The initiation of NBRX has led to a substantial increase in the collection of neurosurgery patient-derived tissue samples for different types of central nervous system cancers.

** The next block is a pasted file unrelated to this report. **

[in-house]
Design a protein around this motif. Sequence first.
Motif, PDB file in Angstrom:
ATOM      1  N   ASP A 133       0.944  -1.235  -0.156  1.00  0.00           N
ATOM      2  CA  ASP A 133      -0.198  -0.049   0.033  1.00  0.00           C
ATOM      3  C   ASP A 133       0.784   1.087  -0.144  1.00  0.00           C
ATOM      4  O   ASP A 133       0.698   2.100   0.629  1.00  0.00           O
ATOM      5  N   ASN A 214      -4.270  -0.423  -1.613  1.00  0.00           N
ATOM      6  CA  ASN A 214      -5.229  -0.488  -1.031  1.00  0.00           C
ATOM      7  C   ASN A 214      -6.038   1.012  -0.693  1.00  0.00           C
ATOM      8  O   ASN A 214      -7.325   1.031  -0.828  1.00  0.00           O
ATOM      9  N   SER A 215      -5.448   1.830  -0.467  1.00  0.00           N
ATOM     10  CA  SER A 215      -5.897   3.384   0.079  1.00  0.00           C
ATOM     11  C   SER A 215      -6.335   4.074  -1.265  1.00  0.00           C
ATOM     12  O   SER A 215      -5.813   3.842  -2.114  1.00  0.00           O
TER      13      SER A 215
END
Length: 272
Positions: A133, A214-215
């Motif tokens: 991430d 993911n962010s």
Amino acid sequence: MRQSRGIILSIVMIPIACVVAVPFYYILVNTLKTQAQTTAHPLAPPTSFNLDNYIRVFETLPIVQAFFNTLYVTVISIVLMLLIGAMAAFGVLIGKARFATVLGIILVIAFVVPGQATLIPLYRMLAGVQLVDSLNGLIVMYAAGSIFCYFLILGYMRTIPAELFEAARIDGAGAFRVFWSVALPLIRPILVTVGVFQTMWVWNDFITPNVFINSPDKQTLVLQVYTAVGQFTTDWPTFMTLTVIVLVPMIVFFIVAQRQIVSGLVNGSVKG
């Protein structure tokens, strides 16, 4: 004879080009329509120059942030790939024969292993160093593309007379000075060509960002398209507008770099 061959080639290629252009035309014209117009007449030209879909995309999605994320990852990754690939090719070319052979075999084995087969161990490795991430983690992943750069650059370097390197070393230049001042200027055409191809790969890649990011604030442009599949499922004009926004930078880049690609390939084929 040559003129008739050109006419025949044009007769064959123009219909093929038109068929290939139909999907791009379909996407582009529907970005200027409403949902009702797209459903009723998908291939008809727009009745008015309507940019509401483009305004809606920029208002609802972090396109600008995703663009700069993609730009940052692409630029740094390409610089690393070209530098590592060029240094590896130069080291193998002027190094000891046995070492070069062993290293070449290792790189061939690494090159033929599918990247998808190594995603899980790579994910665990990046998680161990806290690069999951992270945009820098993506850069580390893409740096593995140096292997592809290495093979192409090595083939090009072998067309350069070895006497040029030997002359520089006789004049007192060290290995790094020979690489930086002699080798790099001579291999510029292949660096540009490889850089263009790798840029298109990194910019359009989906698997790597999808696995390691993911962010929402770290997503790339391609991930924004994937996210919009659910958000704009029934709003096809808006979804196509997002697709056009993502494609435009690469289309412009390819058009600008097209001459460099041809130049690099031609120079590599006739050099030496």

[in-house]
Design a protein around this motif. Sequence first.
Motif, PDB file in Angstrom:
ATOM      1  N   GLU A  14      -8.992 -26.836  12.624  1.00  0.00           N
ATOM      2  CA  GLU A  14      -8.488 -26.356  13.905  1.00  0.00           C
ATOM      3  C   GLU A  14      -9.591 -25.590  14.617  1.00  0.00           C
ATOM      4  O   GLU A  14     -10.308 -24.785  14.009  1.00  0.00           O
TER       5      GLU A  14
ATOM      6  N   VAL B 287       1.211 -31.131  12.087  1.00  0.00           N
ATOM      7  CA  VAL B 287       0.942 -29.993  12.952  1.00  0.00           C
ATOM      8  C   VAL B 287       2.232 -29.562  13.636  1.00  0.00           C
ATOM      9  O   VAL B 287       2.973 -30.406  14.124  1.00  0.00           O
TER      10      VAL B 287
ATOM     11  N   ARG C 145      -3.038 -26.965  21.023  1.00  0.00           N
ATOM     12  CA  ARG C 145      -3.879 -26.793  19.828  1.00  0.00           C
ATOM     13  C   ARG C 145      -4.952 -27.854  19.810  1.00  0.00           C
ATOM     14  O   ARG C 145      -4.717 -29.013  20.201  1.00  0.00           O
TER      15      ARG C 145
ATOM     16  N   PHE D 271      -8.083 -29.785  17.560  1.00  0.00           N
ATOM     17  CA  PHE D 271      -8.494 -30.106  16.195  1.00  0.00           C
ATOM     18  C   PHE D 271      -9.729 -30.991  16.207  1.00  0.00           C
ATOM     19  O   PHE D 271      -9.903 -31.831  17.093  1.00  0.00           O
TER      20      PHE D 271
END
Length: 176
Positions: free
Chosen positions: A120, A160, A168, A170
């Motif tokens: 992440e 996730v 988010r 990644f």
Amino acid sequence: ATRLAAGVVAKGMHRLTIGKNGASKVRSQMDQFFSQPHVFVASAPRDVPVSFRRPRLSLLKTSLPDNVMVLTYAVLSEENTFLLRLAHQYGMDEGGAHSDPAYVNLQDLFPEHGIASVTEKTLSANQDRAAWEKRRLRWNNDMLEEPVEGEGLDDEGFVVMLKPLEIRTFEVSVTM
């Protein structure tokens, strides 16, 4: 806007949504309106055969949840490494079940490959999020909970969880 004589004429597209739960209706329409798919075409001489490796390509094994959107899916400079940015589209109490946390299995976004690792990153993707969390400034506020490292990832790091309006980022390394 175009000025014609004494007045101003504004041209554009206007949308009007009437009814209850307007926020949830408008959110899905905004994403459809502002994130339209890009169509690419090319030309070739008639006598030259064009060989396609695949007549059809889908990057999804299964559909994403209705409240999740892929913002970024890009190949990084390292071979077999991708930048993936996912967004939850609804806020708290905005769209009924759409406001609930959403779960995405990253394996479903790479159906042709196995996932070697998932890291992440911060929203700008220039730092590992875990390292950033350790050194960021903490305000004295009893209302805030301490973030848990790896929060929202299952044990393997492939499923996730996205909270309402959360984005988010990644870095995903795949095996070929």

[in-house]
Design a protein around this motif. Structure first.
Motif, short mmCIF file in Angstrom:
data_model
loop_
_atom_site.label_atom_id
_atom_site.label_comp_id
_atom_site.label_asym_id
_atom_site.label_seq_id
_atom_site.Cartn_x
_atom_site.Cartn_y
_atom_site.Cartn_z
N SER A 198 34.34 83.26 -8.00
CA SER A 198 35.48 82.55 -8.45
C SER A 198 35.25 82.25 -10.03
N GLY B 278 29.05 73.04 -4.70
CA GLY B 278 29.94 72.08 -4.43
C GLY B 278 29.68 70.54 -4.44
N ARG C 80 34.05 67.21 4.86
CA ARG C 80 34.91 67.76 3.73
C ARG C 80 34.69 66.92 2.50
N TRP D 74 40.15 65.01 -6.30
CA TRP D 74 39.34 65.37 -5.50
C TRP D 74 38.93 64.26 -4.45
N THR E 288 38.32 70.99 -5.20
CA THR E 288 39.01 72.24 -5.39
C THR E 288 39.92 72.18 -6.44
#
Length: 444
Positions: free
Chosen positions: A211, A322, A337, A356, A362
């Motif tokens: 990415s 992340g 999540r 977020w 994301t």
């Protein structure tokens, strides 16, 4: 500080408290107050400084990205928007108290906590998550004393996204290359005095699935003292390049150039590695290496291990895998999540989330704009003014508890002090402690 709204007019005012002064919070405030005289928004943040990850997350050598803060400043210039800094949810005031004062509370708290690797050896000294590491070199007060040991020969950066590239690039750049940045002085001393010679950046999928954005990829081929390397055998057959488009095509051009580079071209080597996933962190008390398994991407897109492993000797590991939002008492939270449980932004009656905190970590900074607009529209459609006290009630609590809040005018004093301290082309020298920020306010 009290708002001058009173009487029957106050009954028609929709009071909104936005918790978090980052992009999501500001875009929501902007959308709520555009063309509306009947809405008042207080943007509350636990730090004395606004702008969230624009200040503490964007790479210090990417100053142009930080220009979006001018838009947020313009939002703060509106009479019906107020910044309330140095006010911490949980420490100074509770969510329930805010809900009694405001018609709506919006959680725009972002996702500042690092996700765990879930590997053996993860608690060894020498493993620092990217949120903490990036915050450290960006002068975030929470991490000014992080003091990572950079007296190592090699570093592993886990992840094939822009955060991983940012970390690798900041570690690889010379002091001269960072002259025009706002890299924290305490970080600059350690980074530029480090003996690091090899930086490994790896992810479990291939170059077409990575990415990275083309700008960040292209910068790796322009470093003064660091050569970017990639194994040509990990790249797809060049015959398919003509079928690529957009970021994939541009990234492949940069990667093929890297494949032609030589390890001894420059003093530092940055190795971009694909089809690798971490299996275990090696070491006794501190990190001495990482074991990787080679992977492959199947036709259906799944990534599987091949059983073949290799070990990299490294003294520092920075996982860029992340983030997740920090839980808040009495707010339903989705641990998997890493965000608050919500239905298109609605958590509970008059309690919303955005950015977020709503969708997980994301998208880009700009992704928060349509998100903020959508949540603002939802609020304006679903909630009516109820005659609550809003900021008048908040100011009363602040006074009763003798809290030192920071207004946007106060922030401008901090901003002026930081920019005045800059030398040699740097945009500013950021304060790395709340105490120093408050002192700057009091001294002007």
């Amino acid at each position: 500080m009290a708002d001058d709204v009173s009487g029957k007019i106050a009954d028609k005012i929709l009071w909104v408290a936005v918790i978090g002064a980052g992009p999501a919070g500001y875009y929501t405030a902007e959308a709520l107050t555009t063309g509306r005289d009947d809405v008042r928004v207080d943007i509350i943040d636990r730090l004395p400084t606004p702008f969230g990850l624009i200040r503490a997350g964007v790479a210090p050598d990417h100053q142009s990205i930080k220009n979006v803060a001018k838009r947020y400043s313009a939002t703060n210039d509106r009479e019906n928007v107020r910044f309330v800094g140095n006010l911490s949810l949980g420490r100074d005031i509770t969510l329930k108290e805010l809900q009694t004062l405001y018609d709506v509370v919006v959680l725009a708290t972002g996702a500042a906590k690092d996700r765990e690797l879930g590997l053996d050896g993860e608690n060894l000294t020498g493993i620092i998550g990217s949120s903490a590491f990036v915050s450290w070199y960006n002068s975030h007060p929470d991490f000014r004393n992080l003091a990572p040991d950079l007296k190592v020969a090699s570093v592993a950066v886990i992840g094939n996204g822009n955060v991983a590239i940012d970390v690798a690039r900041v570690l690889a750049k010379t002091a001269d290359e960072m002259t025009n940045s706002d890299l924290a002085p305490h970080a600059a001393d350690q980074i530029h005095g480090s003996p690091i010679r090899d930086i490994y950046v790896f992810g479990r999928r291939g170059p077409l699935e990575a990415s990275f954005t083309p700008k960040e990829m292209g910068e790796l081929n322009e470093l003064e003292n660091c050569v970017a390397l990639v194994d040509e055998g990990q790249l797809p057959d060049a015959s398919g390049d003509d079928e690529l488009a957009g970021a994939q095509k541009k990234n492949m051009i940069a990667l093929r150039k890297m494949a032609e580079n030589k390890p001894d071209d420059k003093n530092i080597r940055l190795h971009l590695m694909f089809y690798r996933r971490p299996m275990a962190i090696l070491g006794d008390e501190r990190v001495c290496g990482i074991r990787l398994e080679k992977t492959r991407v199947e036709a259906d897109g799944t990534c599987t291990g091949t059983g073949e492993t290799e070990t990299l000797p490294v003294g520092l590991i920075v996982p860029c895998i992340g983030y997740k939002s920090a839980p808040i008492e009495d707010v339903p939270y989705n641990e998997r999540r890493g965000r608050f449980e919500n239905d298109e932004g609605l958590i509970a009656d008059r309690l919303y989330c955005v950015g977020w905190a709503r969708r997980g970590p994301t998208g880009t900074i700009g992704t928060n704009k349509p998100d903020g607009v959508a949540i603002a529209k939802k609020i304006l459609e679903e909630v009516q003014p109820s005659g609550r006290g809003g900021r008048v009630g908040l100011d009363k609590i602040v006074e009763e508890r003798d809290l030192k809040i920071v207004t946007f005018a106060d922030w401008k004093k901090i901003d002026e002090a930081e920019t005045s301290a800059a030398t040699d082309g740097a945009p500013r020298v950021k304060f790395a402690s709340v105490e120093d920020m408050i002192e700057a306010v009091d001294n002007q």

Neurorepositories, thus, fill an important gap by providing access to human-derived samples of neurodegenerative disease, cancer, and other brain diseases. At Houston Methodist, patient-derived cancer cells generated from samples stored within NBRX are used to create grafts of primary brain tumors. Then, leveraging the many advantages of rodents, these xenografts are implanted into immunocompromised mice to study cancer progression. Such work has now been extended to investigate metastasized brain tumors and other central nervous system cancers. “Our database helps people studying meningioma, and we have a group investigating primary central nervous system lymphomas,” said Rostomily. “Samples for these types of studies are very hard to come by, and we have them at our institution.” In addition to brain cancer research, NBRX contributes to stroke studies at Houston Methodist. When a hemorrhage occurs in the brain, a slew of changes take place in response to the sudden bleed, some of which are protective while others are pathological. The mechanisms underlying the events around a stroke have yet to be fully delineated, and currently, animal models that can accurately capture the condition in humans are lacking. This hurdle, however, could be overcome with tissue collected from hemorrhagic stroke patients and stored in Houston Methodist’s neurorepository. “We can look at the samples carefully over time to validate observations we have previously made in preclinical models,” said Muralidhar Hegde, PhD, the Everett E. and Randee K. Bernal Centennial Endowed Director of DNA Repair Professor of Neurosurgery. “It's not just the samples but also the insights we gain from clinicians, like Dr. Rostomily, and clinical data that makes our work more relevant to the human condition.” While an invaluable resource for brain research, the neurorepository takes significant strategic planning. The steps involved are considerable — in- and outpatient consent forms must be collected and samples from the operation theater have to be obtained, processed and stored, all while preserving participant privacy rights. Further, maintaining neurorepository-related spreadsheets, submitting protocols for approval to the Institutional Review Board, and tracking consents are among the other duties that are part of the efforts. “It’s a very complicated and labor-intensive process,” said Rostomily. “There are a lot of moving parts, and we’re still figuring out ways to get the funding needed to keep this important core facility running smoothly.” However, with enough support, Rostomily said the neurorepository has the potential to evolve into a more exhaustive and useful database for the Texas Medical Center. In the near future, patient imaging data could be linked with existing genomic and molecular data, and research from different laboratories could be shared and updated on the database. Ultimately, such comprehensive information, he envisioned, may serve as training sets for artificial intelligence that could then integrate all of the data and assist in deciding individualized treatments for patients. Thus, neurorepositories expand the brain researcher’s toolkit in many ways. By providing access to patient-derived tissue samples, researchers are given a window into understanding disease progression in humans, testing drug efficacy, and improving therapeutics. “It’s a privilege for us to have a neurorepository at Houston Methodist,” said Gavin Britz, MD, the Candy and Tom Knudson Distinguished Centennial Chair in Neurosurgery and Professor of Neurosurgery. “Patients have given us consent to take their tissue and have entrusted us to make use of it to make the future better by improving lives.” Samples collected by NBRX are shared across different institutions within the Texas Medical Center to support the collaboration between clinical and research enterprises, thereby advancing basic neuroscience and translational research. To learn more, visit the Neural Biorepository Core facility.